Hospitals bracing for record numbers in Mississauga, Brampton, Hamilton and across Ontario

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Published November 9, 2022 at 1:58 pm

Emergency departments have already been experiencing record volumes across Ontario in recent months, and that’s only expected to get worse due to a “triple threat” including COVID-19, respiratory syncytial virus (RSV) and rising influenza cases.

So far this year, Ontario has 1,544 flu cases recorded, compared to only seven cases this time last year, said Dr. Rose Zacharias, president of the Ontario Medical Association in a press conference today (Nov. 9).

For the last two winters, flu cases were low, because people followed public health measures to prevent the spread of COVID-19, such as mandatory masking and physical distancing.

Ontario will likely face a “triple threat of respiratory illnesses” this season, Zacharias said.

Influenza has already started, there is a resurgence of RSV in children while COVID-19 is still circulating.

“This comes as our healthcare system is already under immense strain,” said Zacharias. “Ontario’s doctors are urging the public to ensure they get vaccinated for the flu and to also get their COVID-19 booster shots.”

In October, Mississauga and Brampton hospitals warned of significantly high patient volumes.

Australia had its worst flu season in five years, the flu arrived early and it was severe.

“Children were hit the hardest,” she said.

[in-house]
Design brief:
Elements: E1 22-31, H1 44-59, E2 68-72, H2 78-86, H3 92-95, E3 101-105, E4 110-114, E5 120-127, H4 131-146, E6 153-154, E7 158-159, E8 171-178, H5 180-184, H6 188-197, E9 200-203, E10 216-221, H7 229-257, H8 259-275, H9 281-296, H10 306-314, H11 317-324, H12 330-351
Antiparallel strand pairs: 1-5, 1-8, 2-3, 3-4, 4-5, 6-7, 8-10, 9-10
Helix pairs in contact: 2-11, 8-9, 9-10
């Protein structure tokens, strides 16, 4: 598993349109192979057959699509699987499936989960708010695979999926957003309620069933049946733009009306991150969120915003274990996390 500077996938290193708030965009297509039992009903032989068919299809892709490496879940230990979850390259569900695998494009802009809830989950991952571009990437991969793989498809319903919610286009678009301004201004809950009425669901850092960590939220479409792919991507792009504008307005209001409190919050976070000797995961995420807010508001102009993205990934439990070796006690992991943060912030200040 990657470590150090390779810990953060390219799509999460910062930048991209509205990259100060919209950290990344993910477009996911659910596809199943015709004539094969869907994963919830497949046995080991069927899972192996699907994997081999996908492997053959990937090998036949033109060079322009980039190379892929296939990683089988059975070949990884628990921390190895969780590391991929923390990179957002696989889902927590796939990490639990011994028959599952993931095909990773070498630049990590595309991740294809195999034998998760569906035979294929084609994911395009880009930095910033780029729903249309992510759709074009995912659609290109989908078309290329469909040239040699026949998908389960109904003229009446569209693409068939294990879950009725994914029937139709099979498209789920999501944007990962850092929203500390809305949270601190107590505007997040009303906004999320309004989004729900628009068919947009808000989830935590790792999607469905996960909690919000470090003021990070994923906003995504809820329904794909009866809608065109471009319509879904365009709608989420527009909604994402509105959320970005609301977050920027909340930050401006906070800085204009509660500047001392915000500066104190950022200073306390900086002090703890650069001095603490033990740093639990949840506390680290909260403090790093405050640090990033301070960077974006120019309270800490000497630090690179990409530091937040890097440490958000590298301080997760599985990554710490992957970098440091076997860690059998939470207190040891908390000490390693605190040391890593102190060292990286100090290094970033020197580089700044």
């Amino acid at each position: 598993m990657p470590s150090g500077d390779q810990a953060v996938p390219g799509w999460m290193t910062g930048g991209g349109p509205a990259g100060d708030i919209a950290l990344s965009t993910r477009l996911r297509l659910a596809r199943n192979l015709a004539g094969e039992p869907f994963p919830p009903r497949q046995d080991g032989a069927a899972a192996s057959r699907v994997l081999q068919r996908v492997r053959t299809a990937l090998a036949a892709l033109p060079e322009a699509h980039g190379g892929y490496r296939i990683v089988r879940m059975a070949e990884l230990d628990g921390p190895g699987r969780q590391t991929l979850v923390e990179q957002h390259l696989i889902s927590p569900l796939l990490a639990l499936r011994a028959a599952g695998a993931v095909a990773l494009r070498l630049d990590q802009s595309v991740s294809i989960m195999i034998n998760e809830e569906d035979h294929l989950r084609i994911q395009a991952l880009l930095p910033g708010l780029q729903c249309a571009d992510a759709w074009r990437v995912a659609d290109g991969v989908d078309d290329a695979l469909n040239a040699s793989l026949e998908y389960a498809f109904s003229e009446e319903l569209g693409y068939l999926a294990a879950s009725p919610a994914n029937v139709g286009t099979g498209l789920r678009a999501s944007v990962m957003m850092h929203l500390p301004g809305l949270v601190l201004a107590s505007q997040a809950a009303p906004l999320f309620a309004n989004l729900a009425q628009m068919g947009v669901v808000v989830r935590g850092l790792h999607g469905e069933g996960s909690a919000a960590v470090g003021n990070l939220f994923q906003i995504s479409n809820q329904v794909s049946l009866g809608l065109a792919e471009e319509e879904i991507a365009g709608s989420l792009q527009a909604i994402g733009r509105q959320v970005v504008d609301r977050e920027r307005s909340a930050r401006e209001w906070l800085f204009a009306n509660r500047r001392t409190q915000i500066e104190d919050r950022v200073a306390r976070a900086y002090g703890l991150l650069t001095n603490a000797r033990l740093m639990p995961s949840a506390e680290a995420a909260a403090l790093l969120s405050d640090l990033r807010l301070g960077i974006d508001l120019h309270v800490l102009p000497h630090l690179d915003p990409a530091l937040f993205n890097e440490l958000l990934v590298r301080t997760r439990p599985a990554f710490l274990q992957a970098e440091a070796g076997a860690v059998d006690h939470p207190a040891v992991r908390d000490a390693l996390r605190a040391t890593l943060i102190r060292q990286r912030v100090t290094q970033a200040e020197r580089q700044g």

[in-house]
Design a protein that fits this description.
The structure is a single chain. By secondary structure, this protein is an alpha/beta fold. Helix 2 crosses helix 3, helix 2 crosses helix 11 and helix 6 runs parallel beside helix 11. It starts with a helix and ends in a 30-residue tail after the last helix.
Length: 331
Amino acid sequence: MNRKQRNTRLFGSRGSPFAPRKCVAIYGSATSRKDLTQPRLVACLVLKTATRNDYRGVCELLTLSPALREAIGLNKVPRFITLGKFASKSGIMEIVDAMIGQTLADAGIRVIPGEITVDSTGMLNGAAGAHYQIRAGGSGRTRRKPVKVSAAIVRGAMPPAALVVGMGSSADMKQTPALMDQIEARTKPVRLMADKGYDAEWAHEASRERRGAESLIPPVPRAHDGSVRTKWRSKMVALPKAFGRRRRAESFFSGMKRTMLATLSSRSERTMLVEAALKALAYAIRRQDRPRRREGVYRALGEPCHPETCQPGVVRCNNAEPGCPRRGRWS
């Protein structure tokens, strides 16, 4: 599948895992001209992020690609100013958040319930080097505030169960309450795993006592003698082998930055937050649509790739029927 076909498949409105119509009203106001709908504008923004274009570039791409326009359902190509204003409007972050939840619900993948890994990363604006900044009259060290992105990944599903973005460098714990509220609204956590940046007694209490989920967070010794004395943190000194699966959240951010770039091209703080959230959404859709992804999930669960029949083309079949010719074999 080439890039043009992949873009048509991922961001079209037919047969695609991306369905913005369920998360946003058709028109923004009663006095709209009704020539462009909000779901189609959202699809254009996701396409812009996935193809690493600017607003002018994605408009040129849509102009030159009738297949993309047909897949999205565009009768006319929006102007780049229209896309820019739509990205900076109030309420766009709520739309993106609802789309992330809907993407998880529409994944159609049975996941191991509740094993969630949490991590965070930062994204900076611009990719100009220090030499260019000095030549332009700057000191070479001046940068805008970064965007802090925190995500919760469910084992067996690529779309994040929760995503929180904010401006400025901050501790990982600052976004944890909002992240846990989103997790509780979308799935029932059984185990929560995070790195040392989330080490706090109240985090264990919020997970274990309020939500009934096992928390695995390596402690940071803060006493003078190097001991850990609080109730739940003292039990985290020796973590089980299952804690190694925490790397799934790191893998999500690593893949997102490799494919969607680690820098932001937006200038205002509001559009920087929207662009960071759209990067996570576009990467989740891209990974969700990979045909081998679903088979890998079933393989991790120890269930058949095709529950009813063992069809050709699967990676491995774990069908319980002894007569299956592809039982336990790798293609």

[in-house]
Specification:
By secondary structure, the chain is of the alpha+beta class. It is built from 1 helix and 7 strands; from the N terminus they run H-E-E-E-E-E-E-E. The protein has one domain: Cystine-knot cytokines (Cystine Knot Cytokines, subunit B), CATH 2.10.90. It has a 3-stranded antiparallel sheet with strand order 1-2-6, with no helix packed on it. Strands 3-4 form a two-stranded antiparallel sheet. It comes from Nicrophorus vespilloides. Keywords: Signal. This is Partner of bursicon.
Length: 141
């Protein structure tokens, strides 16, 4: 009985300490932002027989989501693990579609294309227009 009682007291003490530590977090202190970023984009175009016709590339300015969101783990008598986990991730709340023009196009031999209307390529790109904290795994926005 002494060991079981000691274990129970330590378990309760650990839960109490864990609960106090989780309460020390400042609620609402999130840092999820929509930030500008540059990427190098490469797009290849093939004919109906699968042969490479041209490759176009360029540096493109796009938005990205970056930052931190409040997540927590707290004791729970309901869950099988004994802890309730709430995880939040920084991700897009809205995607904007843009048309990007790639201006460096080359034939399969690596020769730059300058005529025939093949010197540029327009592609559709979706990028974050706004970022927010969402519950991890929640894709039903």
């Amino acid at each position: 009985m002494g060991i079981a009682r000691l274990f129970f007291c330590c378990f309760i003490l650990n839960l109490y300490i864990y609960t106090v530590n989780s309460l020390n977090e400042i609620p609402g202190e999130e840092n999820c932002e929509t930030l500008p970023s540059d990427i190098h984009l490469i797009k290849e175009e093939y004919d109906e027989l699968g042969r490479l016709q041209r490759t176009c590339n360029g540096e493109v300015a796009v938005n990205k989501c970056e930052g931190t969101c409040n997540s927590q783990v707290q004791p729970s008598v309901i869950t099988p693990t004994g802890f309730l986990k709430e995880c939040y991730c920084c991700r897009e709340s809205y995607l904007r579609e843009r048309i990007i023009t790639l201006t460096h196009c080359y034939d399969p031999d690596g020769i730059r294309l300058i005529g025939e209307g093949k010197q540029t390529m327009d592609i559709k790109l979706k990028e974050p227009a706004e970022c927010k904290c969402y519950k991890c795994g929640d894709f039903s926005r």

Children zero to five years of age can be at a high risk for getting very sick from influenza, added Dr. Vinita Dubey, associate medical officer of health for Toronto Public Health.

“And that’s why they are actually strongly recommended to get the vaccine,” Dubey said.

Dr. Rod Lim, medical director for the pediatric emergency department at Children’s Hospital in London said they are currently seeing “tremendous numbers of patients” coming in with respiratory illnesses. November will likely be the highest number of patients in their history, he said.

“It’s a little bit of a perfect storm right now because of not only the numbers, but obviously we have a lot of manpower challenges that are faced in a lot of other areas and sectors,” said Lim.

Because of the seasonality of respiratory illnesses and the fact that it is only just November, more cases are expected, he added.

“So we all anticipate that it will get worse before it gets better,” Lim said. “I think most of us in the pediatric sector are bracing ourselves for an incredibly challenging winter.”

But despite all these challenges, Dr. Howard Ovens, staff emergency physician at Sinai Health, said people shouldn’t hesitate go to the emergency department for serious or life-threatening emergencies.

“Despite everything you read in the news, our emergency departments are open,” said Dr. Ovens. “We have triage processes in place.”

He has seen patients who needed to come to the emergency department but put it off because of concerns over wait times or not wanting to be a burden on the system.

“Some people with real emergencies who need to see us are delaying and making themselves sicker and making the care that we need to give them more complex,” said Ovens. “My most important message is if you have what you believe is a serious or even potentially life threatening emergency…don’t delay, once you feel that you are having an emergency, please come to see us.”

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